If driven on a regular basis, of course, the Tesla certainly would need to be charged and would draw power. First, we looked at the likely pattern of usage for the electric car. This car was to be the second, “fun” car in the household and would not be required for commuting. This expected usage pattern provided a lot of flexibility as to when the car could be charged day or night. The Tesla charging system has a timer on it so that you can set the time of day to charge. Therefore, my client would have full control over when to draw power from either the rooftop solar system and/or the electrical utility grid.
Next, we looked at the special tier pricing system that Southern California Edison was offering for night time charging of an electric car. Note that this would be a substitute for a rooftop solar system. All power would still be drawn from the Edison electrical utility. All that would change would be the tier pricing system plus and electric car charging port installed in the home.
Southern California Edison offered special home electric power pricing plans for electric car owners, but I failed to see why any home owner would choose one of them over the regular home four tier pricing plan that I summarized above. For example, with one of the special home electric needs and electric car plan, Edison offered a lower priced Tier of 9 cents per kWH at “Super Off-Peak” time (midnight to 6AM). Saving 4 cents more per kilowatt hour in the middle of the night would seem beneficial. However, this special plan would track power usage by time of day and differentiate charges across a 24 hour period with tier pricing that changed from summer to winter. In contrast, the regular four tier billing system did not track usage by time of day and simply totaled electrical usage over the month.
The problem with this home plus electric car 24 hour billing system is that Edison would jack up the maximum 10 AM to 6 PM “on peak” day time rate to $.35 in the winter and $.47 in the summer. This seems like a particularly lousy financial deal. You could save 4 cents per kWh to charge you electric car, but only in the wee hours of the night. In exchange, Edison will charge you 16 cents more per kWh to run your air conditioning in the day time all summer long. I think Edison should go back to the drawing board and restructure this rate plan. It is not clear why any rational home owner with air conditioning, which most larger Southern California homes have and use, would chose that rate plan, if they did not already have a rooftop solar power array that would meet peak summer power needs.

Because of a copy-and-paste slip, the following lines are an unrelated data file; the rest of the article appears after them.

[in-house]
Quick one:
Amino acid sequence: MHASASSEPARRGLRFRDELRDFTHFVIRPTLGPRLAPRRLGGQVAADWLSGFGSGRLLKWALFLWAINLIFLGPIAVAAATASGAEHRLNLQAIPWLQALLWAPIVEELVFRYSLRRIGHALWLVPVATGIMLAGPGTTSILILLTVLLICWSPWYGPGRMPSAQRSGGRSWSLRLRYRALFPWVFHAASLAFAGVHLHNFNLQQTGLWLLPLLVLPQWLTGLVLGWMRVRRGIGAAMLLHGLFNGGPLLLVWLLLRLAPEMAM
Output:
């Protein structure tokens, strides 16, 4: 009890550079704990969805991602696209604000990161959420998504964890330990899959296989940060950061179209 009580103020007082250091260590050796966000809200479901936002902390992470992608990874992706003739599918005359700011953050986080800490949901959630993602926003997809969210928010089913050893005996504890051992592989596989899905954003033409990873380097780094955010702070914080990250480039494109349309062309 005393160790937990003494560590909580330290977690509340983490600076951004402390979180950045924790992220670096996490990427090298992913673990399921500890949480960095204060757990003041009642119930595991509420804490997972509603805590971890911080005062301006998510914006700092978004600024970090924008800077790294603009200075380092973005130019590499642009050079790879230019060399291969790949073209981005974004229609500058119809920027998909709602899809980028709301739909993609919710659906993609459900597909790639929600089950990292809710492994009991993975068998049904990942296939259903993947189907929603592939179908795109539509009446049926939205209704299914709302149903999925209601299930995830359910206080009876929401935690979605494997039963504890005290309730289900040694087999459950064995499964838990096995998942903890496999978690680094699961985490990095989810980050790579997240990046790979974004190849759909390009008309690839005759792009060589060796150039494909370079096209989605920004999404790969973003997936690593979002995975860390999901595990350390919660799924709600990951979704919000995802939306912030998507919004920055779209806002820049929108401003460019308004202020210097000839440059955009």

Following this analysis, my suggestion to my client was that with a 6kW system, he was likely to have excess generating capacity in the mornings most days from spring to fall that he could use to charge the Tesla essentially “for free”. While there are a few weeks in the summer that require air conditioning all day long, most of the time many people at the base of the San Bernardino mountains just keep the windows open the mornings before things begin to heat up. Then, shut their windows mid-day and turn on their air conditioning. On most days from spring to fall, the Tesla could charge on excess power solar power.
In the winter, the rooftop solar system would generate less power but there is no need for air conditioning unless global warming takes us to hell in a hand basket much more quickly than expected. Therefore in the winter my client can still probably charge the Tesla “for free” in daytime off his solar array. Any days throughout the year where solar electric power is inadequate, the rate for power from the utility to charge the car would most likely have an effective price of 13 or 16 cents per kWh. Of course, it might turn out in the future that credits for selling excess rooftop solar electric power would become both attractive and more predictable. If that is the case, then he could always add 3kW more to the rooftop solar panel array to take advantage of the opportunity.
In summary, my client began looking at a rooftop solar power array to solve what turned out to be the wrong financial problem. However, once we did some analysis, the a home solar panel system still seemed like a good investment to save on home power bills largely caused by summer air conditioning costs. Once installed, my client will probably be able to piggy back charging his Tesla from the solar array on most mornings. As his back up power source, he will be able to fall back to relatively low cost electric power from the utility, when needed.